Everytime I see Twitter trending topics, it reminds of the scientific adage that when we observe something we change it. It is a recognized effect in physics (see Wikipedia for an explanation of Observer effects). By allowing us to observe trending topics in real time, Twitter gives us the opportunity to change them. Contrast that with post-hoc analysis like Google Zeigeist. It is way past the event, and as such, harder to influence.
This is not just Twitter, this is the danger (and opportunity) with real-time statistics. When we find out about something in real time, we don’t just observe, we also participate and change the phenomenon itself. Recall the type of information and misinformation that spread when Swine Flu was a trending topic on Twitter.
It goes beyond the observer effect: real time statistics also facilitate herding behavior even more than the internet typically does. The analogy is to crowd behavior more than anything else. As decades of research in psychology have shown and as James Suoweicki pointed out in his book “Wisdom of crowds”, you need certain conditions under for the behavior of crowds to be wise.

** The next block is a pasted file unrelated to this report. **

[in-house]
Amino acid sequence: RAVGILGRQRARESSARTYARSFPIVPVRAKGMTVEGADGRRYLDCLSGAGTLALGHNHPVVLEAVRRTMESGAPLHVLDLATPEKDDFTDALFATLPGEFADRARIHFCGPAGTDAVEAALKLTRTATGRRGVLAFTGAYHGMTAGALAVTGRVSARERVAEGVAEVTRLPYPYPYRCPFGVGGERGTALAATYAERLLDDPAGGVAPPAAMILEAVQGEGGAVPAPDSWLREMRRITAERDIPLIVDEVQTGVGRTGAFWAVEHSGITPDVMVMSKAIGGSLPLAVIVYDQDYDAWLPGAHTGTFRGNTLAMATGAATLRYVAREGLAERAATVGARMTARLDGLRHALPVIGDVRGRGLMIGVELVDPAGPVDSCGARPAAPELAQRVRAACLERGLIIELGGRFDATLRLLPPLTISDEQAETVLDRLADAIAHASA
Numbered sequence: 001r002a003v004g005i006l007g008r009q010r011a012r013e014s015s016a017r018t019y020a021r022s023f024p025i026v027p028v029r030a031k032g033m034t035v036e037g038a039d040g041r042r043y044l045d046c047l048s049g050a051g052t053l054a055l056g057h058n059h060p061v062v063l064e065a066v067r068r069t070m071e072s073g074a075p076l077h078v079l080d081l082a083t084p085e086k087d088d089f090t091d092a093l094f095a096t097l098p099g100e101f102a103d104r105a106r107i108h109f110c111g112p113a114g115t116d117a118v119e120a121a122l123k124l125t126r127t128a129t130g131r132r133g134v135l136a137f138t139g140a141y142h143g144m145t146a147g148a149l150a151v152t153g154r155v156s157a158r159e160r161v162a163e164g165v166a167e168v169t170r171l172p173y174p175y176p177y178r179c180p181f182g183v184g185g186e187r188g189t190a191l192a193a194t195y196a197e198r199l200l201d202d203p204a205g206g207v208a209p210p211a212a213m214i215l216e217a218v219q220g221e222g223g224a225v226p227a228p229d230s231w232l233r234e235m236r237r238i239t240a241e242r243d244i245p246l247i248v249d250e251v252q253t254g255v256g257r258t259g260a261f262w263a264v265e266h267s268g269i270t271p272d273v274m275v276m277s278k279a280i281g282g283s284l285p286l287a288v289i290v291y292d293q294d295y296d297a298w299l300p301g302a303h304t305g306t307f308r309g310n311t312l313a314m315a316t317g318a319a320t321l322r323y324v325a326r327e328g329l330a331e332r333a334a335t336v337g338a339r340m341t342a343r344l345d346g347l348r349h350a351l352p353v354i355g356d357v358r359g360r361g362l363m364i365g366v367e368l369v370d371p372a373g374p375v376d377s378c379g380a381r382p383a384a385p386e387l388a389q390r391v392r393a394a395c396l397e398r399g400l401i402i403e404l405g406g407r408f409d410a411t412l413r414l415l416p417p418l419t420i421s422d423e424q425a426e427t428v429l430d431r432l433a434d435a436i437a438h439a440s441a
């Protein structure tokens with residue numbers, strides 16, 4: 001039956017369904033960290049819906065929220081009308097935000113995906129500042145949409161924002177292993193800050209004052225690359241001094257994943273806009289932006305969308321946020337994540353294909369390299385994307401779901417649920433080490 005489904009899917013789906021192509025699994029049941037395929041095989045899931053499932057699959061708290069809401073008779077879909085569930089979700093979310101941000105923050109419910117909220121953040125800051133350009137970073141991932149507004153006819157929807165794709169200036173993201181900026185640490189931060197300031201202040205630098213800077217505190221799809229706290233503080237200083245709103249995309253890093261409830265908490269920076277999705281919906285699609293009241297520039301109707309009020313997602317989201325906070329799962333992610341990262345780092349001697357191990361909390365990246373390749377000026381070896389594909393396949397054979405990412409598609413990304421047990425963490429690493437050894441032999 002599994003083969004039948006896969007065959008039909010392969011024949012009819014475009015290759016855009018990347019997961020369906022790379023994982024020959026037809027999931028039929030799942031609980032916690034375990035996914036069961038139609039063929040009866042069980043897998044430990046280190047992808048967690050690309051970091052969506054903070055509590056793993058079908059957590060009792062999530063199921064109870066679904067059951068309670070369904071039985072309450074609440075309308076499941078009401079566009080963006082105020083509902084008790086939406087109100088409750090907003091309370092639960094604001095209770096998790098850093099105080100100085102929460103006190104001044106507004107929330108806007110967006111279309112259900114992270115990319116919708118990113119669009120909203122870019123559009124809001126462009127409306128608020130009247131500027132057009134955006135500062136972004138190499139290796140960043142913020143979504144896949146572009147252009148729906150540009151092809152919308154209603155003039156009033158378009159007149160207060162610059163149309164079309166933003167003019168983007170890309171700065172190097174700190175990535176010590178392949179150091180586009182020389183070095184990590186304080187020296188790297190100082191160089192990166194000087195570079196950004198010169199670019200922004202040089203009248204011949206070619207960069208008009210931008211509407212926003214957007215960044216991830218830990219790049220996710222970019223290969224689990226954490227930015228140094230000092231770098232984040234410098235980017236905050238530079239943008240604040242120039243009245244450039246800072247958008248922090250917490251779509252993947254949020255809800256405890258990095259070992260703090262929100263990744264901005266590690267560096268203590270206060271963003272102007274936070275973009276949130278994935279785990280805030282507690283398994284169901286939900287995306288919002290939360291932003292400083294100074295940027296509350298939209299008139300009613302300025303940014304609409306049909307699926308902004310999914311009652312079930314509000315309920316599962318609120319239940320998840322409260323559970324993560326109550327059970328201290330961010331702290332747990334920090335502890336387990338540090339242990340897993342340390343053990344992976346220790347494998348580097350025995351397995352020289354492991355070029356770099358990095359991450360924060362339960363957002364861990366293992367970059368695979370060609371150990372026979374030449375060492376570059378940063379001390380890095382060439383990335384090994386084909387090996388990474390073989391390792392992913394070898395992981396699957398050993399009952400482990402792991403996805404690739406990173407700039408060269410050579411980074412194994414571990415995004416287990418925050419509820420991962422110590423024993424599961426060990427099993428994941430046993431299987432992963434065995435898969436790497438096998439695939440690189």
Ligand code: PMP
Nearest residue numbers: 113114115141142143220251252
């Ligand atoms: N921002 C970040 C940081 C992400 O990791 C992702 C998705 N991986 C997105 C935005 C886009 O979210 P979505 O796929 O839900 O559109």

This is an opportunity: one can design social systems where wisdom of crowds is more likely to prevail. I am hoping folks at Twitter and anyone else playing with real-time statistics will give Suroweicki a read and rethink the design of trending topics.